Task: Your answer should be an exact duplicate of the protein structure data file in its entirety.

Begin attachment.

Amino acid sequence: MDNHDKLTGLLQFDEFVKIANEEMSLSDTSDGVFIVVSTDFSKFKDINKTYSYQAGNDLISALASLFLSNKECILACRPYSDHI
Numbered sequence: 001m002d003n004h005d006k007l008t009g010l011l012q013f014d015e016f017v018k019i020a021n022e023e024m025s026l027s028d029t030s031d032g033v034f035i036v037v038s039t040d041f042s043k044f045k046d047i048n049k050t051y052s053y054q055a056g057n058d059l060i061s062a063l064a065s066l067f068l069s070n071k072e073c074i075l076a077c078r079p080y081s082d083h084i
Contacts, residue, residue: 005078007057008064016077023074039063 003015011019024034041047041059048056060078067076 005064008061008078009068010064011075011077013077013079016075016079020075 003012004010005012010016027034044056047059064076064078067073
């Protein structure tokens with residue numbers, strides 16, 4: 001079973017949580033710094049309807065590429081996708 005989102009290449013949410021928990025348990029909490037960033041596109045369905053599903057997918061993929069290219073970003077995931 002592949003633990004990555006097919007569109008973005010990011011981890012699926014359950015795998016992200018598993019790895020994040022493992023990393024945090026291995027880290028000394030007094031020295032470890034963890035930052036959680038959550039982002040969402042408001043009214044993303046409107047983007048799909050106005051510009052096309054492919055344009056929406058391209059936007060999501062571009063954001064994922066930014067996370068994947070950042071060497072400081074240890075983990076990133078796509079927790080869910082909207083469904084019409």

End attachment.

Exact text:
Amino acid sequence: MDNHDKLTGLLQFDEFVKIANEEMSLSDTSDGVFIVVSTDFSKFKDINKTYSYQAGNDLISALASLFLSNKECILACRPYSDHI
Numbered sequence: 001m002d003n004h005d006k007l008t009g010l011l012q013f014d015e016f017v018k019i020a021n022e023e024m025s026l027s028d029t030s031d032g033v034f035i036v037v038s039t040d041f042s043k044f045k046d047i048n049k050t051y052s053y054q055a056g057n058d059l060i061s062a063l064a065s066l067f068l069s070n071k072e073c074i075l076a077c078r079p080y081s082d083h084i
Contacts, residue, residue: 005078007057008064016077023074039063 003015011019024034041047041059048056060078067076 005064008061008078009068010064011075011077013077013079016075016079020075 003012004010005012010016027034044056047059064076064078067073
């Protein structure tokens with residue numbers, strides 16, 4: 001079973017949580033710094049309807065590429081996708 005989102009290449013949410021928990025348990029909490037960033041596109045369905053599903057997918061993929069290219073970003077995931 002592949003633990004990555006097919007569109008973005010990011011981890012699926014359950015795998016992200018598993019790895020994040022493992023990393024945090026291995027880290028000394030007094031020295032470890034963890035930052036959680038959550039982002040969402042408001043009214044993303046409107047983007048799909050106005051510009052096309054492919055344009056929406058391209059936007060999501062571009063954001064994922066930014067996370068994947070950042071060497072400081074240890075983990076990133078796509079927790080869910082909207083469904084019409």